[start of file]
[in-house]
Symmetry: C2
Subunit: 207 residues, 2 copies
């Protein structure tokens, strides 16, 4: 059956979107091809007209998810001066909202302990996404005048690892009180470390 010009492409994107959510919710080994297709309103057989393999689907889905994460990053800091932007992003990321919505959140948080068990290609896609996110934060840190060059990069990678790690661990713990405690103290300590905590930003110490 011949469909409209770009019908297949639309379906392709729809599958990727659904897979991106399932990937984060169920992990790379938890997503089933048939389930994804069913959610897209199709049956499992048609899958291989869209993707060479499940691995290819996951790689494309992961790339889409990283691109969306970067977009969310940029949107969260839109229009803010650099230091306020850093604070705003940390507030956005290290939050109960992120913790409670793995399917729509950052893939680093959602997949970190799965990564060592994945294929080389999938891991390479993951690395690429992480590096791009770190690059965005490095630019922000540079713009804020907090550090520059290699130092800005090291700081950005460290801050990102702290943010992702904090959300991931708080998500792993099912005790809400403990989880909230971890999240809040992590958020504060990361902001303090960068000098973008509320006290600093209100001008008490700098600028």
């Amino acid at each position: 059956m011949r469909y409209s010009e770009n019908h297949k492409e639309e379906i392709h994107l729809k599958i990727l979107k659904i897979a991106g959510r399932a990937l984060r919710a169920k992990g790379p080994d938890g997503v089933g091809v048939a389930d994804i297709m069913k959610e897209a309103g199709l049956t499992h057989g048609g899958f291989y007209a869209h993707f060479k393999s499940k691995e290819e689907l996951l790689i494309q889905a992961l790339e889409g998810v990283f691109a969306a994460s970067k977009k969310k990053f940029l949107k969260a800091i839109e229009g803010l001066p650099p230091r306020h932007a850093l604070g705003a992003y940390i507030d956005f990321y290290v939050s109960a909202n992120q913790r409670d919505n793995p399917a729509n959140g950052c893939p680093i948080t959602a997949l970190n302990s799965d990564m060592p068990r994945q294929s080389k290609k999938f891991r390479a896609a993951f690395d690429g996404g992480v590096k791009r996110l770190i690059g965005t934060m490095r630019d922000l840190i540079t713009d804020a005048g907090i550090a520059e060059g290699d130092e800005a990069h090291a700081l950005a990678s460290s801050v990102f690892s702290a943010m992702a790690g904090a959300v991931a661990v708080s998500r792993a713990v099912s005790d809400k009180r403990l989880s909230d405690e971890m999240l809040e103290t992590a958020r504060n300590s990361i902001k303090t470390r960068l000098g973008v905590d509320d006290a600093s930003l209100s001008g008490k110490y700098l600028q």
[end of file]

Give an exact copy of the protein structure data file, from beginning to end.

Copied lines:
[in-house]
Symmetry: C2
Subunit: 207 residues, 2 copies
């Protein structure tokens, strides 16, 4: 059956979107091809007209998810001066909202302990996404005048690892009180470390 010009492409994107959510919710080994297709309103057989393999689907889905994460990053800091932007992003990321919505959140948080068990290609896609996110934060840190060059990069990678790690661990713990405690103290300590905590930003110490 011949469909409209770009019908297949639309379906392709729809599958990727659904897979991106399932990937984060169920992990790379938890997503089933048939389930994804069913959610897209199709049956499992048609899958291989869209993707060479499940691995290819996951790689494309992961790339889409990283691109969306970067977009969310940029949107969260839109229009803010650099230091306020850093604070705003940390507030956005290290939050109960992120913790409670793995399917729509950052893939680093959602997949970190799965990564060592994945294929080389999938891991390479993951690395690429992480590096791009770190690059965005490095630019922000540079713009804020907090550090520059290699130092800005090291700081950005460290801050990102702290943010992702904090959300991931708080998500792993099912005790809400403990989880909230971890999240809040992590958020504060990361902001303090960068000098973008509320006290600093209100001008008490700098600028």
């Amino acid at each position: 059956m011949r469909y409209s010009e770009n019908h297949k492409e639309e379906i392709h994107l729809k599958i990727l979107k659904i897979a991106g959510r399932a990937l984060r919710a169920k992990g790379p080994d938890g997503v089933g091809v048939a389930d994804i297709m069913k959610e897209a309103g199709l049956t499992h057989g048609g899958f291989y007209a869209h993707f060479k393999s499940k691995e290819e689907l996951l790689i494309q889905a992961l790339e889409g998810v990283f691109a969306a994460s970067k977009k969310k990053f940029l949107k969260a800091i839109e229009g803010l001066p650099p230091r306020h932007a850093l604070g705003a992003y940390i507030d956005f990321y290290v939050s109960a909202n992120q913790r409670d919505n793995p399917a729509n959140g950052c893939p680093i948080t959602a997949l970190n302990s799965d990564m060592p068990r994945q294929s080389k290609k999938f891991r390479a896609a993951f690395d690429g996404g992480v590096k791009r996110l770190i690059g965005t934060m490095r630019d922000l840190i540079t713009d804020a005048g907090i550090a520059e060059g290699d130092e800005a990069h090291a700081l950005a990678s460290s801050v990102f690892s702290a943010m992702a790690g904090a959300v991931a661990v708080s998500r792993a713990v099912s005790d809400k009180r403990l989880s909230d405690e971890m999240l809040e103290t992590a958020r504060n300590s990361i902001k303090t470390r960068l000098g973008v905590d509320d006290a600093s930003l209100s001008g008490k110490y700098l600028q």